How to get a loan for a manufactured & mobile home

June 24, 2022
Posted in Programs
June 24, 2022 derekevansteam

Mobile and manufactured homes can be a great option for prospective homebuyers who are on a budget. They’re inexpensive and highly customizable if you’re choosing to build. These “trailer homes” have gotten a bad rap over the years, but in reality they’re nearly the same as any regular home – sometimes even nicer! However, while they’re most definitely less expensive than traditional homes, doesn’t mean they’re always more affordable or accessible. The U.S. Census Bureau reports the average sale price of a new manufactured home was $111,900 in November 2021. Not many people have over $100k in cash lying around. 

It follows, then, that a lot of people have questions about financing options for manufactured and mobile homes. Keep reading to learn more!

Manufactured VS Mobile

While these two terms are often mistakenly used interchangeably, there is a difference between a manufactured home and a mobile home! It’s quite simple actually: a mobile home is a prefabricated home structure that was built prior to June 15, 1976 that is now affixed to a permanent chassis. A manufactured home is essentially the same but constructed after June 15, 1976. 

This is because in 1976, the U.S. Department of Housing and Urban Development (HUD) enacted new and improved safety standards to make these structures more secure and habitable. Mobile homes were often built to be moved around (hence, the ‘mobile’ in the name) while manufactured homes are intended to be a permanent fixture once secured into place.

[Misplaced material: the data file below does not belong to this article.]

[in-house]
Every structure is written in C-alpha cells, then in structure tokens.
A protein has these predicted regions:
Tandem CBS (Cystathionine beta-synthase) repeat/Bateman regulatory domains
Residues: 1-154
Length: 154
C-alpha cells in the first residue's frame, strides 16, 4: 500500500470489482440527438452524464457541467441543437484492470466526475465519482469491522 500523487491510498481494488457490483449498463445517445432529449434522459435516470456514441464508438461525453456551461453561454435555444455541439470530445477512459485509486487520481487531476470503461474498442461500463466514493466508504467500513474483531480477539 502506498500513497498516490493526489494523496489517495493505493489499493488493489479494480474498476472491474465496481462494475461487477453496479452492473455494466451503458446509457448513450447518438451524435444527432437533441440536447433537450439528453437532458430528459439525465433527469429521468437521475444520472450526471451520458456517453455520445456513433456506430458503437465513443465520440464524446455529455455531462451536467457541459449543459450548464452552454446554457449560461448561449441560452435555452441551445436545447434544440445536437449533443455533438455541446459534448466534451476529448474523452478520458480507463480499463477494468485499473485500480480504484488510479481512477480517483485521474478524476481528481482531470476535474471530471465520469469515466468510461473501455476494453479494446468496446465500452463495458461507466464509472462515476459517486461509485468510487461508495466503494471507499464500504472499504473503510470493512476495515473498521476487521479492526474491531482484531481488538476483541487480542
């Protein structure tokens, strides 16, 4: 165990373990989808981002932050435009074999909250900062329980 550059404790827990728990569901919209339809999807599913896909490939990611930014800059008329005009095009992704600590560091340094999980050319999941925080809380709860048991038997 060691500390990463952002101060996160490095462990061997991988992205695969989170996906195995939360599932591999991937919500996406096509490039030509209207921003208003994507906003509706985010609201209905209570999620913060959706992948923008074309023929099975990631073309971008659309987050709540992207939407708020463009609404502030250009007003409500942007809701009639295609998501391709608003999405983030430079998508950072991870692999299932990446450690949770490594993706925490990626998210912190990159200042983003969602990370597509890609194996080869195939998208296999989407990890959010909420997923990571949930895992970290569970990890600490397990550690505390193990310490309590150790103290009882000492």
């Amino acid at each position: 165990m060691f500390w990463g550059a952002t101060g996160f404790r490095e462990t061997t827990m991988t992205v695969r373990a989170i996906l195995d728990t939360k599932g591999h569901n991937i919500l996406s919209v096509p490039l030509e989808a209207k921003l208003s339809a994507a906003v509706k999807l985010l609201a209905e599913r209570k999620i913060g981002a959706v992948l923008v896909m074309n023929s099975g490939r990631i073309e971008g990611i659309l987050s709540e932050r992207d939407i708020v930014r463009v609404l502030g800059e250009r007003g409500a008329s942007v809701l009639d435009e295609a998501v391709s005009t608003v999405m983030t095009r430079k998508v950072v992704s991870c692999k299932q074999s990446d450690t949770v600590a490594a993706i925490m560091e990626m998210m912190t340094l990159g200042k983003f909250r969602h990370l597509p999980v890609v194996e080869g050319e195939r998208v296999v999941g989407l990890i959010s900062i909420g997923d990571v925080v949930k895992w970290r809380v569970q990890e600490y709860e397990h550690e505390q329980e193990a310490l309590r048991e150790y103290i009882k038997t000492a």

How to get a loan for a manufactured or mobile home

Manufactured and mobile homes are tricky to secure financing for as two conditions have to be met in order to qualify for a traditional mortgage. These conditions are:

  1. The home must be permanently affixed to the land on which it’s located. “Affixed” essentially means that the home is secured properly at its final destination on an appropriate site where it should remain indefinitely.
  2. The land upon which the home is affixed must also be owned by the homeowner. If you choose to lease the land you affix your home to, such as a mobile home park, your home will legally be considered as personal property instead of real estate. In this case, it’s unlikely you’ll be able to get a traditional mortgage for your home. Your only options would be to seek financing through the manufacturer of the home, get a chattel loan, or go through a specialty lender.

Best home loan options for manufactured homes

Fannie Mae and Freddie Mac Conventional Loans

Fannie Mae and Freddie Mac conventional loans are great because you can put as little as 3% down. 

FHA loans

FHA loans are awesome in helping lower income borrowers and those with credit score challenges to get an affordable home loan. Because the mortgages are backed by the Federal Housing Administration, borrowers with credit scores as low as 580 can get loans with as little as 3.5 percent down. But again, FHA loans only work for homes that are permanently affixed to land that you own. However, the FHA can help you buy a plot of land for a manufactured home much in the way a construction loan works.

VA manufactured home loans

If you are active or retired military, a VA loan is an excellent resource that you should absolutely take advantage of if you can. The VA loan program offers financing for manufactured homes.

USDA manufactured home loans

USDA loans work for properties in many rural areas and come with lax guidelines. The requirements for a USDA loan for a manufactured home are that it must be permanently affixed, built to the HUD’s post-1976 standards, and be at least 400 square feet.